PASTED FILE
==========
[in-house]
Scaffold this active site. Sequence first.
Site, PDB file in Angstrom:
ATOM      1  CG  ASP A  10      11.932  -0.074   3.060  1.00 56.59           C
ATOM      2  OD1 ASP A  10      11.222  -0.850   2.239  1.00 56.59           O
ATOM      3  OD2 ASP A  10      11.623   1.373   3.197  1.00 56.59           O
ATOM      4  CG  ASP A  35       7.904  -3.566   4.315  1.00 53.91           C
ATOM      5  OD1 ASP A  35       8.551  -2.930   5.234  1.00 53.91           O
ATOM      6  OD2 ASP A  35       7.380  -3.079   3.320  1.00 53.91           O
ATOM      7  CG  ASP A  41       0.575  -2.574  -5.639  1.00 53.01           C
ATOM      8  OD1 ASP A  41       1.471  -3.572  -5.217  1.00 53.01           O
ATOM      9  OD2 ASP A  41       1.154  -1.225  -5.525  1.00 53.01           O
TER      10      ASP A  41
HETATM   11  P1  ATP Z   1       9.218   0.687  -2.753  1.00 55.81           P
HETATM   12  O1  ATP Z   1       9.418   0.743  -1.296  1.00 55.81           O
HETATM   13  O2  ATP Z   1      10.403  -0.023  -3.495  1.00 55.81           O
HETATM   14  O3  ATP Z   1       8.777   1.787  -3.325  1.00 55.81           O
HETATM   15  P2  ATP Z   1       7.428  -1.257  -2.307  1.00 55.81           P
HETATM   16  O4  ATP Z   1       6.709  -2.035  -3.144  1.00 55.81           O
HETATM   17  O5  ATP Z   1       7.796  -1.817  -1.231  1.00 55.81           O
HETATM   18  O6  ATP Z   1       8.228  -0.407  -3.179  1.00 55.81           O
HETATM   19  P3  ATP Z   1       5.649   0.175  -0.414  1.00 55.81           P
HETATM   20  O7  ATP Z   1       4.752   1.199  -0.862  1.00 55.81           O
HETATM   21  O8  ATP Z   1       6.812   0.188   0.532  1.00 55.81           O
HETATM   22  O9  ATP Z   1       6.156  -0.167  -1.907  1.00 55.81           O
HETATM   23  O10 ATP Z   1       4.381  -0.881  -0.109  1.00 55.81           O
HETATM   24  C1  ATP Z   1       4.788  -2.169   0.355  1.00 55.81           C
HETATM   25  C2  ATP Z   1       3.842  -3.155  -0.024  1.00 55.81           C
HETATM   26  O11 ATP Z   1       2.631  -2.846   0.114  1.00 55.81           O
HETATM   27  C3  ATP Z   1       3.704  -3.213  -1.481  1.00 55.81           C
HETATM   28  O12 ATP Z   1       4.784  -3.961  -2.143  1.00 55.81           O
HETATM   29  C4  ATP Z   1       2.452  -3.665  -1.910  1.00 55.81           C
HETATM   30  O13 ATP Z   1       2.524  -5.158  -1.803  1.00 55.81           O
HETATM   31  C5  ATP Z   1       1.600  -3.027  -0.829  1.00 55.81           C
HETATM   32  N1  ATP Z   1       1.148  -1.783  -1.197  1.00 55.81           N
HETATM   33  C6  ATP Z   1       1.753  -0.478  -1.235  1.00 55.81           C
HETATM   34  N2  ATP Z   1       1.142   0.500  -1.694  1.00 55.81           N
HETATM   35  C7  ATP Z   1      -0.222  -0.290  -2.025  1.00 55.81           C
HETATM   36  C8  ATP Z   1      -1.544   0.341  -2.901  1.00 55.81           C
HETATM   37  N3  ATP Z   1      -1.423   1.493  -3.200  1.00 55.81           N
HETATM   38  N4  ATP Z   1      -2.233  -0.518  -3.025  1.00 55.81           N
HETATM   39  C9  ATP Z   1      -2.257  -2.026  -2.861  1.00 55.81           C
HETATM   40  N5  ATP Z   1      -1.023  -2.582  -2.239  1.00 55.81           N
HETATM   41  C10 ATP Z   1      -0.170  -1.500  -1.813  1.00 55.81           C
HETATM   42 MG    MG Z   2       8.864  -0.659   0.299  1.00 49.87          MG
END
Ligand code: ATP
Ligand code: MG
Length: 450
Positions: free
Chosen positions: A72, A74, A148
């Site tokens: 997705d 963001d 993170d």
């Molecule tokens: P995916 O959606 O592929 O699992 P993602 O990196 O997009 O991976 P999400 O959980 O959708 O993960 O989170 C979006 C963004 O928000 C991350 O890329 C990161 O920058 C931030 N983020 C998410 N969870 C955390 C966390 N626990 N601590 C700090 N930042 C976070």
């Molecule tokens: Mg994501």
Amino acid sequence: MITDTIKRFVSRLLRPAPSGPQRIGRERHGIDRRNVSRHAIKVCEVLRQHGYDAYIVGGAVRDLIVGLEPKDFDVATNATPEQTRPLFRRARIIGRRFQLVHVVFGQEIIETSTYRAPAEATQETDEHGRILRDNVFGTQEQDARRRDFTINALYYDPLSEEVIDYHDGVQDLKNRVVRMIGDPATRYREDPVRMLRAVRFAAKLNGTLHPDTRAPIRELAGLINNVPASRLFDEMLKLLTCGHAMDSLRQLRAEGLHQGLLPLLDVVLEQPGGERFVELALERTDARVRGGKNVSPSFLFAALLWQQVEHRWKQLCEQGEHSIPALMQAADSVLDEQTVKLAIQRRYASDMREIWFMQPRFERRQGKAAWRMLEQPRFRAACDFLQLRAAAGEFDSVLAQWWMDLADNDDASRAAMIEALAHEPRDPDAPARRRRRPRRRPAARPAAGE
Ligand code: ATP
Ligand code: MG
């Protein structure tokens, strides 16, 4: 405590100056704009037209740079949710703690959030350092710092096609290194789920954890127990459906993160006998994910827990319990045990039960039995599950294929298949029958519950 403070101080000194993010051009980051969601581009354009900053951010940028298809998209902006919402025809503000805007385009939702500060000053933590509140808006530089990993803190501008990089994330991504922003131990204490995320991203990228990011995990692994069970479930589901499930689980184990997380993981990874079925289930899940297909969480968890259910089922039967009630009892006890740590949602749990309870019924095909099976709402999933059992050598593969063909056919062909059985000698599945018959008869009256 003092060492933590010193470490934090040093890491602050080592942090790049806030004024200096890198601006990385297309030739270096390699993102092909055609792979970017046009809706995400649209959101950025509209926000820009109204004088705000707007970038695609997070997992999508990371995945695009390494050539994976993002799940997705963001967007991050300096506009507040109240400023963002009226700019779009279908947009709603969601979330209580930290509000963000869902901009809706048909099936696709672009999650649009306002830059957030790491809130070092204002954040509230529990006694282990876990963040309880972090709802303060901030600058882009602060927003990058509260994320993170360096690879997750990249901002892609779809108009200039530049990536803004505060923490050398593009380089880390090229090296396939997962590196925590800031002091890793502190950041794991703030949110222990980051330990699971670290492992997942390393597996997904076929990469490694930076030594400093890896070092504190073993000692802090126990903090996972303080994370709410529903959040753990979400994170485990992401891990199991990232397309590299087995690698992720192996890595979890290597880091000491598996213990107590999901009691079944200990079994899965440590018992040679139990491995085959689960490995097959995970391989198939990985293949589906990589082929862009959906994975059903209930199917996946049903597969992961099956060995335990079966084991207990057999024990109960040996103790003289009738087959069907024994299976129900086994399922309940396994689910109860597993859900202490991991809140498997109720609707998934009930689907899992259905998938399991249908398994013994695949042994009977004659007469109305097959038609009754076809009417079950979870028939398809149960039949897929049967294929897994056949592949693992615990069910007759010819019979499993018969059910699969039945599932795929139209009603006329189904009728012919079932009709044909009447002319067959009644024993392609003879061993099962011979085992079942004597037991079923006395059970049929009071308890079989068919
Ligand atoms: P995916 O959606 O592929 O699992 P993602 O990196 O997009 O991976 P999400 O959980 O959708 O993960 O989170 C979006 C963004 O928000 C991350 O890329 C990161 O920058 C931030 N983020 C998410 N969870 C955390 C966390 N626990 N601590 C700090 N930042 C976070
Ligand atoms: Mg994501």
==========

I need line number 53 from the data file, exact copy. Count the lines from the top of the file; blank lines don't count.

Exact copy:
């Molecule tokens: P995916 O959606 O592929 O699992 P993602 O990196 O997009 O991976 P999400 O959980 O959708 O993960 O989170 C979006 C963004 O928000 C991350 O890329 C990161 O920058 C931030 N983020 C998410 N969870 C955390 C966390 N626990 N601590 C700090 N930042 C976070």